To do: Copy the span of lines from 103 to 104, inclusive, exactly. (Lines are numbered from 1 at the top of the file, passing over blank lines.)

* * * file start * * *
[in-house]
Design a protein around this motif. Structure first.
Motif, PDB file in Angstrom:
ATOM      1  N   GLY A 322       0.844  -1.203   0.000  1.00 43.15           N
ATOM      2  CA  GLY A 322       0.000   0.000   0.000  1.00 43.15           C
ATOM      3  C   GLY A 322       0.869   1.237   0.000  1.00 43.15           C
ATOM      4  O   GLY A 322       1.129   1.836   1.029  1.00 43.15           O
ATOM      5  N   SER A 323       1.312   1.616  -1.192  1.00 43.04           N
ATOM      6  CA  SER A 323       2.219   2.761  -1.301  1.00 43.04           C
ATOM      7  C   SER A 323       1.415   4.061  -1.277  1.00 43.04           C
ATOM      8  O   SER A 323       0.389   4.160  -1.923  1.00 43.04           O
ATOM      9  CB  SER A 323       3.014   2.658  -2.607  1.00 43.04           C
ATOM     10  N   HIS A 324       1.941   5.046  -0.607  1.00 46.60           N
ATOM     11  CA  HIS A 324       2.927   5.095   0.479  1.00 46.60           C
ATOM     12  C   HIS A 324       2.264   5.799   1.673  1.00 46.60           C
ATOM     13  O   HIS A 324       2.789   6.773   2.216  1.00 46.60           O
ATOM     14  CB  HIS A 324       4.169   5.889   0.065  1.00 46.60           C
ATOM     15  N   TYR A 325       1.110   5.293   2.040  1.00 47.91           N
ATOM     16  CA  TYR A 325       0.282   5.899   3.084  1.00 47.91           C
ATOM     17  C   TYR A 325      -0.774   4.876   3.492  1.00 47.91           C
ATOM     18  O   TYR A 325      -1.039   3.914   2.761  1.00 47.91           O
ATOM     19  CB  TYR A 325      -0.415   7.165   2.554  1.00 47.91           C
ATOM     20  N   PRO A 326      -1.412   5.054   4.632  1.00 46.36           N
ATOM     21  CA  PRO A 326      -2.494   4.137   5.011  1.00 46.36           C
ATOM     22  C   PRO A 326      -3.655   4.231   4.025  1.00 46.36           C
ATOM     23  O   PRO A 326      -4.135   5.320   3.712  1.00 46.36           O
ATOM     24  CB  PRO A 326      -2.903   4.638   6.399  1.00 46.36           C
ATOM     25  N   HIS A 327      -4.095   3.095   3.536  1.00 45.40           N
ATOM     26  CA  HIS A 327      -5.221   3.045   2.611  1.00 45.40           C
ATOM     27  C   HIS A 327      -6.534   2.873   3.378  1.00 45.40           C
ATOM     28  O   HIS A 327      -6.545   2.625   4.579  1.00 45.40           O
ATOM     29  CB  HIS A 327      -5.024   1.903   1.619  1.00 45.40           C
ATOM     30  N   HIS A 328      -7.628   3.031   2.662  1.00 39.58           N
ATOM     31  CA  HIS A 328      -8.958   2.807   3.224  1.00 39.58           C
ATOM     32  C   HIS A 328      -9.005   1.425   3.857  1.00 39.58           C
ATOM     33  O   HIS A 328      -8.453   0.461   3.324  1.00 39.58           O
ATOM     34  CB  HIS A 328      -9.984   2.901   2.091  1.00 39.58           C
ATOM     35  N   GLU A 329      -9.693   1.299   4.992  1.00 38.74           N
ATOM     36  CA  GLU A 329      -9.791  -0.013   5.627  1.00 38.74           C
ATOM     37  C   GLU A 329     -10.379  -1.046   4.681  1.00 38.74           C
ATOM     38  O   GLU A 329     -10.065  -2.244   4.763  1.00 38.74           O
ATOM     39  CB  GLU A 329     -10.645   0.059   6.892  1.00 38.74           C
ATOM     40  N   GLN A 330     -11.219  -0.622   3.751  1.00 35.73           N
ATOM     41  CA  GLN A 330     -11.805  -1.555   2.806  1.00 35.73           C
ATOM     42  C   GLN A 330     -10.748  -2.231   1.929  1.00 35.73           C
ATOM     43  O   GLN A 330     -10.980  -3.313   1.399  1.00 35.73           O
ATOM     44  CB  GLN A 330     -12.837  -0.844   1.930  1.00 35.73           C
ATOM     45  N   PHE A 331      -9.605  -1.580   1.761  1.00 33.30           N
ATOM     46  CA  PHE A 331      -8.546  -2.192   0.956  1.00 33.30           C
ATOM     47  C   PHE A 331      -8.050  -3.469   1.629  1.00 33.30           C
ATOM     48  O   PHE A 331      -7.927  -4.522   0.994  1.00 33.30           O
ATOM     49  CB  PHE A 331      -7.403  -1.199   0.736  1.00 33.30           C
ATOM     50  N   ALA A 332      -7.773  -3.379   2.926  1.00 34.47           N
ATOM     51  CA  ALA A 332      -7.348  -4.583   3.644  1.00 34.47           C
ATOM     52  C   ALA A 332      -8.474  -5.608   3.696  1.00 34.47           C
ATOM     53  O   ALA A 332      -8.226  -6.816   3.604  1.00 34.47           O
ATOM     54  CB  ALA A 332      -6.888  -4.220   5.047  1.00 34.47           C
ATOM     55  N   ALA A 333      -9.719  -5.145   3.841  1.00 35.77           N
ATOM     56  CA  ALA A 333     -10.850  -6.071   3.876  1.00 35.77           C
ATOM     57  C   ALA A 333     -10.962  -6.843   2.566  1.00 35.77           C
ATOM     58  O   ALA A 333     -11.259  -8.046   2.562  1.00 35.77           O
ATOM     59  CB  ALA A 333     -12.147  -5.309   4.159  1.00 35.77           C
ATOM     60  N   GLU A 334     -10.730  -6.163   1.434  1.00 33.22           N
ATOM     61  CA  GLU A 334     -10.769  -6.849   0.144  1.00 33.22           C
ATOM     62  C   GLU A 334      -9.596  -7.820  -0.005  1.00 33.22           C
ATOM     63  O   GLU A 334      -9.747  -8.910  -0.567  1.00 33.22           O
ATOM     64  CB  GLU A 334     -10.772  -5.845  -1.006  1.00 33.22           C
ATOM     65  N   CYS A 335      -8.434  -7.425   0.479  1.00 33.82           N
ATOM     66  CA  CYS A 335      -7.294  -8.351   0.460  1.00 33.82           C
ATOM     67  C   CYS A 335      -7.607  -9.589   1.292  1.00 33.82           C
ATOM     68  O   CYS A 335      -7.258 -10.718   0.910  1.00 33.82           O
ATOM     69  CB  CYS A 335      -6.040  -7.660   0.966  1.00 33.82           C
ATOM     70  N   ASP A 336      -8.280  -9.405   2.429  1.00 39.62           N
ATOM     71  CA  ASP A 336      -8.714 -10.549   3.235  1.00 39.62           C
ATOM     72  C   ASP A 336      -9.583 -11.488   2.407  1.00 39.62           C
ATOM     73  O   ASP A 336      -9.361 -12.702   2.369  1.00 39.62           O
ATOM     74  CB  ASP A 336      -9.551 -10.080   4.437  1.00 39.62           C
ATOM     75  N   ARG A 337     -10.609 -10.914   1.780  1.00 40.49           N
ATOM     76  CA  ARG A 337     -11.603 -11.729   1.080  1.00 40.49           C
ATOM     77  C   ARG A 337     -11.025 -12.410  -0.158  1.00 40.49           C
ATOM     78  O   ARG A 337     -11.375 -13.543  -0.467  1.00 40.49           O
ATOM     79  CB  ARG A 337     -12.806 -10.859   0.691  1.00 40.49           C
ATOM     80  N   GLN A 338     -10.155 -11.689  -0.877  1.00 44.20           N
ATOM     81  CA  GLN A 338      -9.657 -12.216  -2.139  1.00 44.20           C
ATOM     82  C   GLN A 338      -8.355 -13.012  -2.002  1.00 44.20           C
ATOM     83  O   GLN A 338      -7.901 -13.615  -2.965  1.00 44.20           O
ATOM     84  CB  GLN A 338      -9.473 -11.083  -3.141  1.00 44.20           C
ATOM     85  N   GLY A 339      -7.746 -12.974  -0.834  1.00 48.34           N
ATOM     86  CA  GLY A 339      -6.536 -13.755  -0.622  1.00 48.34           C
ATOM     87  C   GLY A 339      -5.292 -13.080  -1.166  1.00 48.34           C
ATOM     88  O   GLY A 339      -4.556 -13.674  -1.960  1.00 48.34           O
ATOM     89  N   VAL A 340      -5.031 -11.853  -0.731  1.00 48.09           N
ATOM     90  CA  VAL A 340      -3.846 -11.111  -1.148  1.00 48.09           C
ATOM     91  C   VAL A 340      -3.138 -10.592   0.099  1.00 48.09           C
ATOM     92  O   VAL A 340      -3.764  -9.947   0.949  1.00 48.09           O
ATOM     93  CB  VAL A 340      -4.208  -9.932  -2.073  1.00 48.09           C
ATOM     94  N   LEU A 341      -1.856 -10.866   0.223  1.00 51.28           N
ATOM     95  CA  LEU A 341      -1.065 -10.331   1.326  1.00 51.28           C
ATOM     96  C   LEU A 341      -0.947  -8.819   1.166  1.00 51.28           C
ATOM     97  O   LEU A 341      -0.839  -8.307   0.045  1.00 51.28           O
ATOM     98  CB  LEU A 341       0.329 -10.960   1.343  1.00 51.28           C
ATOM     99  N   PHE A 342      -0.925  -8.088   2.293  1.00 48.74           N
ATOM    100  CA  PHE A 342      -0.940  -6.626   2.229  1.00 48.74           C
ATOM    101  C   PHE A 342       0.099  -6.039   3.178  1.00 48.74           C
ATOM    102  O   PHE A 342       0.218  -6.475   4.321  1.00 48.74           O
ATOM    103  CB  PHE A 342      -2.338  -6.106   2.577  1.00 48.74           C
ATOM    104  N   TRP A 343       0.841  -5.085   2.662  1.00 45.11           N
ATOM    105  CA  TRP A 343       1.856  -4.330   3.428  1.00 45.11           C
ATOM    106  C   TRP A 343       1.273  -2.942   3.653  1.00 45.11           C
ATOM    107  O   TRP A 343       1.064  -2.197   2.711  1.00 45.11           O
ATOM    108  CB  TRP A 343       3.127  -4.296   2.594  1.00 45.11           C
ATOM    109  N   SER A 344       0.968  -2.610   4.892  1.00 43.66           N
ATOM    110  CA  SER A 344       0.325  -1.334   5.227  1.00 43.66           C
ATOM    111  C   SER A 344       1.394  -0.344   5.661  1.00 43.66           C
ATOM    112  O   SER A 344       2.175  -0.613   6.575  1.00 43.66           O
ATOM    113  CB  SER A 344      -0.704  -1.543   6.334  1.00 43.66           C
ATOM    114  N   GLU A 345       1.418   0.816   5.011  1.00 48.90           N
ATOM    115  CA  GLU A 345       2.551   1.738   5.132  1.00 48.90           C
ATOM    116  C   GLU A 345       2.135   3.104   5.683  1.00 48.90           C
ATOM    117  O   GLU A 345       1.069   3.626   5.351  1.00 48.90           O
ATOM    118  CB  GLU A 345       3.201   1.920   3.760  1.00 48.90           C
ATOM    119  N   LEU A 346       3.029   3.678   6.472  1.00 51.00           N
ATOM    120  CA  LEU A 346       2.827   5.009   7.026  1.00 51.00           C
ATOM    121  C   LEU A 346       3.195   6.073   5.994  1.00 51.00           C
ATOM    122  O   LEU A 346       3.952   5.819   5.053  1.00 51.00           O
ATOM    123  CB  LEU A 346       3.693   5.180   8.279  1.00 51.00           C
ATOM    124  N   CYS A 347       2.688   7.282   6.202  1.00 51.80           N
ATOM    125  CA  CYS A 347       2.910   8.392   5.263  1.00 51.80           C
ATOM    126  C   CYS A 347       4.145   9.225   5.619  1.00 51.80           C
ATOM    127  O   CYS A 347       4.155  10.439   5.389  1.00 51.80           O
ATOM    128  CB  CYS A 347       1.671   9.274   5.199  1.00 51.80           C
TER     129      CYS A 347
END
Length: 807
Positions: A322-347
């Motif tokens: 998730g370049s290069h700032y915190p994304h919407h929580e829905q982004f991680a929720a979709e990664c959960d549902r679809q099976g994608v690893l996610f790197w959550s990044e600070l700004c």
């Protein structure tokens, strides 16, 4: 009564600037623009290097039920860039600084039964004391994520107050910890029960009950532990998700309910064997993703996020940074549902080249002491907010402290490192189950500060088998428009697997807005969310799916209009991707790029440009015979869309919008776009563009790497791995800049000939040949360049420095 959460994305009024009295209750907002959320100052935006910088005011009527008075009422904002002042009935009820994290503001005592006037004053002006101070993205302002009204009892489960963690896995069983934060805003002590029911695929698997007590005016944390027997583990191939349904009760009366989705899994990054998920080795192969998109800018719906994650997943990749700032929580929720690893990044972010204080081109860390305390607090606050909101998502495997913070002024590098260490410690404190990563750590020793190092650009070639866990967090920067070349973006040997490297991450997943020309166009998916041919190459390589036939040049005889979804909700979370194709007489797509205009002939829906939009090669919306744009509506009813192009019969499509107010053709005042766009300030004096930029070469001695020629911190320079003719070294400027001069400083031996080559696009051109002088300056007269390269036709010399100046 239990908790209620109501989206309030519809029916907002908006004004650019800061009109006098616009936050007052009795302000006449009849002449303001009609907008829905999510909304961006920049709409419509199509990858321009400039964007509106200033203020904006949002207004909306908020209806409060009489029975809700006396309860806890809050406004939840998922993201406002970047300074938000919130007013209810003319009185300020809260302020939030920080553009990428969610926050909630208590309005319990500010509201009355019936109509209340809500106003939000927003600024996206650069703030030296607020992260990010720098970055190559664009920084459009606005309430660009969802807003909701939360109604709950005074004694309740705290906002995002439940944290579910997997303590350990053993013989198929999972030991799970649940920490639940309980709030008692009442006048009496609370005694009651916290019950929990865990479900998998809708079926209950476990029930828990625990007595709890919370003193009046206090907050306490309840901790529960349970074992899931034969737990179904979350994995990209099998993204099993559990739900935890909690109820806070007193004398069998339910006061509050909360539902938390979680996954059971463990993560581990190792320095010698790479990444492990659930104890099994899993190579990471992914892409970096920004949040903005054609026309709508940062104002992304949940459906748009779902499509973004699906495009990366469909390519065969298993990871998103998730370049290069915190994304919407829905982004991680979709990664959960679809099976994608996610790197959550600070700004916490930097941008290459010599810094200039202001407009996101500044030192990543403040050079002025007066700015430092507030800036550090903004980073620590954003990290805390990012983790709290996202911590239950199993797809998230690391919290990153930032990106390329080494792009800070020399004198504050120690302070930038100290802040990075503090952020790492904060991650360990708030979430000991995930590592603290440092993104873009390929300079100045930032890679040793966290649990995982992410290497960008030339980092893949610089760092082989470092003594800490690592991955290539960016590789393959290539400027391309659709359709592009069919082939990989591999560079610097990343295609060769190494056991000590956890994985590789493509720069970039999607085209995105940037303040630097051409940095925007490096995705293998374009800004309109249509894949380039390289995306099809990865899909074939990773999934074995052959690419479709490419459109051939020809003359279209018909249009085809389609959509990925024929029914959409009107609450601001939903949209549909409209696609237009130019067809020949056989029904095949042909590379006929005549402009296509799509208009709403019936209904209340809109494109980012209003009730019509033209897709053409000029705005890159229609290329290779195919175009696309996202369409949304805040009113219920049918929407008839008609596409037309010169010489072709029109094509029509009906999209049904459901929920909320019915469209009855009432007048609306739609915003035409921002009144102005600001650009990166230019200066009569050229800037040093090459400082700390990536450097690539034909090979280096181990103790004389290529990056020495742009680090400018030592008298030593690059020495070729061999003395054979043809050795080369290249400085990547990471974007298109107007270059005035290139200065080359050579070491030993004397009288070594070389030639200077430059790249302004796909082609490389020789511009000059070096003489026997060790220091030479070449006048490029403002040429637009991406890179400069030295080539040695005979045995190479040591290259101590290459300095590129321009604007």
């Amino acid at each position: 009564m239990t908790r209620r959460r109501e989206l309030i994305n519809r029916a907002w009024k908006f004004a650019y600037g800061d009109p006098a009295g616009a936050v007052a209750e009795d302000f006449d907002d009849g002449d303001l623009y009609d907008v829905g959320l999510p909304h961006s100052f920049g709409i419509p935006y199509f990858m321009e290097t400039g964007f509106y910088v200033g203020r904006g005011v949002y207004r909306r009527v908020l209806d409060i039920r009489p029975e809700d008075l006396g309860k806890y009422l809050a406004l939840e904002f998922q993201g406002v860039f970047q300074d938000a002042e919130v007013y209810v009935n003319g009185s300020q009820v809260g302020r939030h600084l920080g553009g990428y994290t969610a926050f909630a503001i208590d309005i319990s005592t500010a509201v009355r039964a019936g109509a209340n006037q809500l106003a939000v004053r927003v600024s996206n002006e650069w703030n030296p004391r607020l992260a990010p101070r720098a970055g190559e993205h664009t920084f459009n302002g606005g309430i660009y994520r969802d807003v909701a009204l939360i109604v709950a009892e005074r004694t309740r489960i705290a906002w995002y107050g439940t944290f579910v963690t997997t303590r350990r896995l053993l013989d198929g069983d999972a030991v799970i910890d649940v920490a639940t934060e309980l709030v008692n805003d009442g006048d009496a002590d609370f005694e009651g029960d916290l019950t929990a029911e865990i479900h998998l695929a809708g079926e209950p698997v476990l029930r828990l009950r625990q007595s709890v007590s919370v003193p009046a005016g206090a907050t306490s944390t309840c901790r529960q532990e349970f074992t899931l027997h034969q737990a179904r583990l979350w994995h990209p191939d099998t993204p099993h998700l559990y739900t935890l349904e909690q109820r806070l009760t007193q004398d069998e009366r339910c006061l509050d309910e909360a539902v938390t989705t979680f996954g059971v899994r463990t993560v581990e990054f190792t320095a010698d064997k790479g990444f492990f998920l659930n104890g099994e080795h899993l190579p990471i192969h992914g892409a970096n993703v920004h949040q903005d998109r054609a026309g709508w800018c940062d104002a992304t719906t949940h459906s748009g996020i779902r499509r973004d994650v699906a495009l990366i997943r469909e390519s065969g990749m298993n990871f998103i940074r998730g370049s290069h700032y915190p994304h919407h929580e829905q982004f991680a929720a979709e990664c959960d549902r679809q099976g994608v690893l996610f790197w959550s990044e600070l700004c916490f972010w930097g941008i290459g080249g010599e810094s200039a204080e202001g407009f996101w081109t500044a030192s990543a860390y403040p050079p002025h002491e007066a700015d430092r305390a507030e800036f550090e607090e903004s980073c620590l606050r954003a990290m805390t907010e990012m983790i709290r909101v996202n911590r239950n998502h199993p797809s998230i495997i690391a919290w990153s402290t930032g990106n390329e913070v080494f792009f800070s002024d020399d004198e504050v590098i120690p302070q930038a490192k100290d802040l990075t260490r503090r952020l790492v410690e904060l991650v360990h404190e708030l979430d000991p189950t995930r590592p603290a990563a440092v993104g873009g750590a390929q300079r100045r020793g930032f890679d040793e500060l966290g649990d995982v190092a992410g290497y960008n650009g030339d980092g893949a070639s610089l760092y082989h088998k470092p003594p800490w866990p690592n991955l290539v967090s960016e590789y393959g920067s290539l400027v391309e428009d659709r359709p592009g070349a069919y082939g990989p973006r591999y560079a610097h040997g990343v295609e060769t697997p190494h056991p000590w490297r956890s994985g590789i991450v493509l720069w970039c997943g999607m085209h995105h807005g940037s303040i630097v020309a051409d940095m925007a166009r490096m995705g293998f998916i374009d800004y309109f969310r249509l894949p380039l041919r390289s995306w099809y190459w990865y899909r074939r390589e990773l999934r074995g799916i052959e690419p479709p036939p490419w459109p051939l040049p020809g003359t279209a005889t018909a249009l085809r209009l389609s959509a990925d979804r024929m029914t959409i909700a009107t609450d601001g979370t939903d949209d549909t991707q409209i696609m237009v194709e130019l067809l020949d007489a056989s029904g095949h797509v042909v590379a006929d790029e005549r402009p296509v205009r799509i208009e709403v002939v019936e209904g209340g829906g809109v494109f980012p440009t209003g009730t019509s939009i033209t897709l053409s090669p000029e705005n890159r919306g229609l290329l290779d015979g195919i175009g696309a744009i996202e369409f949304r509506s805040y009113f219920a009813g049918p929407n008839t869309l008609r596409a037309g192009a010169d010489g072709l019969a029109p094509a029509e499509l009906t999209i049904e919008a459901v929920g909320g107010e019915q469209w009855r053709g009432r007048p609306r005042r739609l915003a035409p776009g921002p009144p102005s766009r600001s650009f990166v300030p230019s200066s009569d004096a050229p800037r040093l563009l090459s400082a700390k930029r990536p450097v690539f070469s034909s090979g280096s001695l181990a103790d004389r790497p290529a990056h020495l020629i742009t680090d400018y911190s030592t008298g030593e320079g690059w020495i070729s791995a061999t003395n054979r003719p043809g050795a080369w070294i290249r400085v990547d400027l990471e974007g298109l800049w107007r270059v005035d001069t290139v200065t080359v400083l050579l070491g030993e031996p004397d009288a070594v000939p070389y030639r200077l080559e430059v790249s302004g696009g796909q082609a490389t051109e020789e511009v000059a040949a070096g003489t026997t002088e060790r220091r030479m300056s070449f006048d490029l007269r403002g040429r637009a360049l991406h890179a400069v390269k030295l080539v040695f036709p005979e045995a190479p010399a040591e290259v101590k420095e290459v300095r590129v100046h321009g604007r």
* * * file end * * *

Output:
ATOM    100  CA  PHE A 342      -0.940  -6.626   2.229  1.00 48.74           C
ATOM    101  C   PHE A 342       0.099  -6.039   3.178  1.00 48.74           C